A new rival to 'regime change'

A US plan to stop nuclear programs - without toppling leaders - is under debate.

Ever since President Bush's "axis of evil" speech in 2002, US policy for dealing with the nuclear programs of what it considers to be "rogue states" has rested on one cornerstone: regime change.

Iraq cemented the widely held estimation that for the Bush administration, the only way to satisfactorily deal with a hostile regime's weapons-of-mass-destruction aspirations was to change the regime.

But now, recent developments involving Libya and North Korea suggest that a new tack is at least under consideration - one that could have profound impact on the crisis with Iran over its nuclear ambitions.

In the White House, on Capitol Hill, and among influential deans of US foreign policy, this new rival to the doctrine of regime change appears to be: The international security priority is such that we are prepared to hold our noses and accept your existence, if you forgo nuclear armament.

Policy analysts emphasize that nothing says the regime-change forces have lost the battle yet. But the hints of fierce debate, they say, suggest those forces are no longer as dominant as they once were.

"The days of 'regime change' and the days of being tough with regard to Iran and North Korea are waning, and they are waning because the influence of the people who championed those positions - [Vice President Dick] Cheney, [Defense Secretary Donald] Rumsfeld, and [UN Ambassador John] Bolton - is not as great as it once was," says Henry Sokolski, executive director of the Nonproliferation Policy Education Center in Washington.

Regime change has not necessarily been strictly defined as the US removing leaders from power. Indeed, it has included other means - for example, empowering the people to organize an overthrow themselves. But in each case, the rationale was the same: The regimes were such an international threat that their removal - one way or the other - was the only option.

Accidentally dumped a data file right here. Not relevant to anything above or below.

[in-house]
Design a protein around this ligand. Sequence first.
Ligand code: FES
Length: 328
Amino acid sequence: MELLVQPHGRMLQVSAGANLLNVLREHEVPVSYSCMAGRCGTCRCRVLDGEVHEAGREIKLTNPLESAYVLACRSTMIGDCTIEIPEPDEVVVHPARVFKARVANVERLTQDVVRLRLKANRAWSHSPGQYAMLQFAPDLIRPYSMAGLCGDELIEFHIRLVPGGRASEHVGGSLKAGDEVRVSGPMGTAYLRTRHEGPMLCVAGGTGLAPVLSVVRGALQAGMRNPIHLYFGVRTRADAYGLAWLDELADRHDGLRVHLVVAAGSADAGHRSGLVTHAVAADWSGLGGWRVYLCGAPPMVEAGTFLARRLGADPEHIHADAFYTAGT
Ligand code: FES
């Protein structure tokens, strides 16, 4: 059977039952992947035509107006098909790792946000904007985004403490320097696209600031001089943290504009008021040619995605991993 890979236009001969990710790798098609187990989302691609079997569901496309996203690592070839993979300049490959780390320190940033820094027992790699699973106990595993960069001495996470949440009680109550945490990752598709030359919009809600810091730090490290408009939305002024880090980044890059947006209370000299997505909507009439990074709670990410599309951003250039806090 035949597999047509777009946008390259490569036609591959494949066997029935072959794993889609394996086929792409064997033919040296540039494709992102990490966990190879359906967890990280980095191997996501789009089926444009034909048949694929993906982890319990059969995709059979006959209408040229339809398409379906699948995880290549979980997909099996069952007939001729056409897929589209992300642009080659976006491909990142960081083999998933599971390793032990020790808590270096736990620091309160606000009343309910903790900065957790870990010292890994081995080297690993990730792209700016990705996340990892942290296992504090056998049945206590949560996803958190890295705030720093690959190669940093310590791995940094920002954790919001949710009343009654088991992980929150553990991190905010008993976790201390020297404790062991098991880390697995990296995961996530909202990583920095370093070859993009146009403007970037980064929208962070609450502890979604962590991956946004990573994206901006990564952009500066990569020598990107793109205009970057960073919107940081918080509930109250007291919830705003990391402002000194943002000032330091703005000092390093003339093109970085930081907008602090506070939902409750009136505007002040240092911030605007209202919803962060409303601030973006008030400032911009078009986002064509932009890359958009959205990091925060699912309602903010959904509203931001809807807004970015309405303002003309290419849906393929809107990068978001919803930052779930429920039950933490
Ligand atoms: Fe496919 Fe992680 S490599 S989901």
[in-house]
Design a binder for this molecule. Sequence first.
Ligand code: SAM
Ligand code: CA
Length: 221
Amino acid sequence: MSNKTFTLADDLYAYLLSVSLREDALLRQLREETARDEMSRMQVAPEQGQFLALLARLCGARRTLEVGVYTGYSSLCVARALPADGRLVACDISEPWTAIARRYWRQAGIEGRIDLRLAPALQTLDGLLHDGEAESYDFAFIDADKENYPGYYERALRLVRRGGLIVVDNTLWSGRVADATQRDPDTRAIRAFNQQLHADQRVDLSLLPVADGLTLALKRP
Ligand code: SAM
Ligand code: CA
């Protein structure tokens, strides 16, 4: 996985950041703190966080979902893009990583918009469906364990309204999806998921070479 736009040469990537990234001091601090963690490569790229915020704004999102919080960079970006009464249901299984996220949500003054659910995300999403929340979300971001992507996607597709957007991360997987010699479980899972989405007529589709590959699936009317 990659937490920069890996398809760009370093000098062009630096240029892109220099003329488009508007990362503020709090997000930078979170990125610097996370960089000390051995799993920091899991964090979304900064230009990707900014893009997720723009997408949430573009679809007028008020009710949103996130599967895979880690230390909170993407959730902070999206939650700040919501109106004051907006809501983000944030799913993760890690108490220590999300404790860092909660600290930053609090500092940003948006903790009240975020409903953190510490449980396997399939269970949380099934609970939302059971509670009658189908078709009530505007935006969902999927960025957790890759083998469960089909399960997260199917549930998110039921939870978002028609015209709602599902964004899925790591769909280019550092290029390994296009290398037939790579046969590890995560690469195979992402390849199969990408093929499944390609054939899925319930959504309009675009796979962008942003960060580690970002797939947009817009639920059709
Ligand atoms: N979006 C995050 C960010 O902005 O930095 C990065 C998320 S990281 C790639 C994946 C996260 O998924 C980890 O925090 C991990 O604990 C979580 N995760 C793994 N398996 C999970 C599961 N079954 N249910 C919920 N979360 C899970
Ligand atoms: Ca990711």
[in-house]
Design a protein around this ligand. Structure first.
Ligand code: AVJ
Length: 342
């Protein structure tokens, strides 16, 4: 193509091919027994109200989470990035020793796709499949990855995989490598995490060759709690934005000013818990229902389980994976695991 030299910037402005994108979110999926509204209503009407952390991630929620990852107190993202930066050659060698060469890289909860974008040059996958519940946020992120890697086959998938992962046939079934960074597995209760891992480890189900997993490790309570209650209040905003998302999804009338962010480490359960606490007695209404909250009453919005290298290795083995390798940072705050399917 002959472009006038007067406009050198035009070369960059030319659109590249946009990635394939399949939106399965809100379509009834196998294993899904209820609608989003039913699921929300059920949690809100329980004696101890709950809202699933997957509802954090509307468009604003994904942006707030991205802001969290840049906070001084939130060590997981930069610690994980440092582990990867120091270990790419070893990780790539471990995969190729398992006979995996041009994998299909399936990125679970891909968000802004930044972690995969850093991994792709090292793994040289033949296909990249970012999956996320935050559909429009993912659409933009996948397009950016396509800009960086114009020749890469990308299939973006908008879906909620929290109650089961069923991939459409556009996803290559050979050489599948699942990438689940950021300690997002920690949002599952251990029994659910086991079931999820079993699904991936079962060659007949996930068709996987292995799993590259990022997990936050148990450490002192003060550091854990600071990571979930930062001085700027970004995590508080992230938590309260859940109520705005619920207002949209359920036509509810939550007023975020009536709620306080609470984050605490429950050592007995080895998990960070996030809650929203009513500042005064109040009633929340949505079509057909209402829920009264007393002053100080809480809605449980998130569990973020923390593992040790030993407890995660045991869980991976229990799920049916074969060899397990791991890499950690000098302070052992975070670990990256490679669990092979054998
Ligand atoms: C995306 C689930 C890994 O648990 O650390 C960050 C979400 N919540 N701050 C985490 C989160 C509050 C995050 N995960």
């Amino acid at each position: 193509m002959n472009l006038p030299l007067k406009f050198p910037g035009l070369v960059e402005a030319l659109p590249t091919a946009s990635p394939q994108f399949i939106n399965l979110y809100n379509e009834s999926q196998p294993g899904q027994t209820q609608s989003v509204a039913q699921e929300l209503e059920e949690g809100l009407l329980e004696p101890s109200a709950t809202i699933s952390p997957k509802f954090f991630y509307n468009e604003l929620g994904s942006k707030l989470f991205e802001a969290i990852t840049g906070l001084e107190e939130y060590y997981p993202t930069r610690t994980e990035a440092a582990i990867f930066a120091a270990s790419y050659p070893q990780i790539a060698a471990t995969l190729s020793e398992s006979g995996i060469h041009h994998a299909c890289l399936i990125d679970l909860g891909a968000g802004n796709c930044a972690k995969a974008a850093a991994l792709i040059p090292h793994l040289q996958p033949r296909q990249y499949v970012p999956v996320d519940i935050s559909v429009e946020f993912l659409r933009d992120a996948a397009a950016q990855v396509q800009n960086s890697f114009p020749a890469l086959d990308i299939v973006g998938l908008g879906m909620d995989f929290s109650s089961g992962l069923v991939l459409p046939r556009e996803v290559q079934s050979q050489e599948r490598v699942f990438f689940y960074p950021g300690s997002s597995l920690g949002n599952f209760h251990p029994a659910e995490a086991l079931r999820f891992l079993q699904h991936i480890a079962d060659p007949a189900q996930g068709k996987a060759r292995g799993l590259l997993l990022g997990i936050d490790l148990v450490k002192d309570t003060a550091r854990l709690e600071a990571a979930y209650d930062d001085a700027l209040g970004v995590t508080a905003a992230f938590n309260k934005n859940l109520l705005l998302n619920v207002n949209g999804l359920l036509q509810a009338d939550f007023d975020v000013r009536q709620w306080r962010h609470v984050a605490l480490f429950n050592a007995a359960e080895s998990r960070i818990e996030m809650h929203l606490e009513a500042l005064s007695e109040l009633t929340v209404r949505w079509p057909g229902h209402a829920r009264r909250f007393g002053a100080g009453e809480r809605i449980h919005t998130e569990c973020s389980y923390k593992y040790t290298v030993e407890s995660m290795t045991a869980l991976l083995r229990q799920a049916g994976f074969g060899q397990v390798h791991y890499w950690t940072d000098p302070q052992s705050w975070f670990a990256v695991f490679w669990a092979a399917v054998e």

But an initial hint of some evolution in this policy came last week. The announcement of a restoration of full diplomatic relations with Muammar Qaddafi's Libya set off wide speculation about the timing of the move - especially when State Department officials, beginning with Secretary of State Condoleezza Rice, framed the decision as a message to Iran and North Korea.

Discussion also spread that the United States is considering giving new priority to formal security assurances for Pyongyang as a way to reinvigorate six-country talks on the regime's nuclear program.

The next key window into the Bush administration's handling of rogue regimes could come as early as Wednesday, when the US is scheduled to meet in London to discuss Iran with the other four permanent members of the United Nations Security Council, plus Germany. The six countries are to discuss a new package of incentives and negative consequences to be presented to Iran for either agreeing or refusing to give up its uranium enrichment program.

European officials say they understand the difficulty for the US of either signing on to security assurances for Tehran or entering into direct talks with the Iranian regime. But they note that the US did both to get Libya to abandon its WMD programs - and they worry that the goal of curtailing Iran's nuclear ambitions could be doomed unless the US eventually takes those steps with Tehran.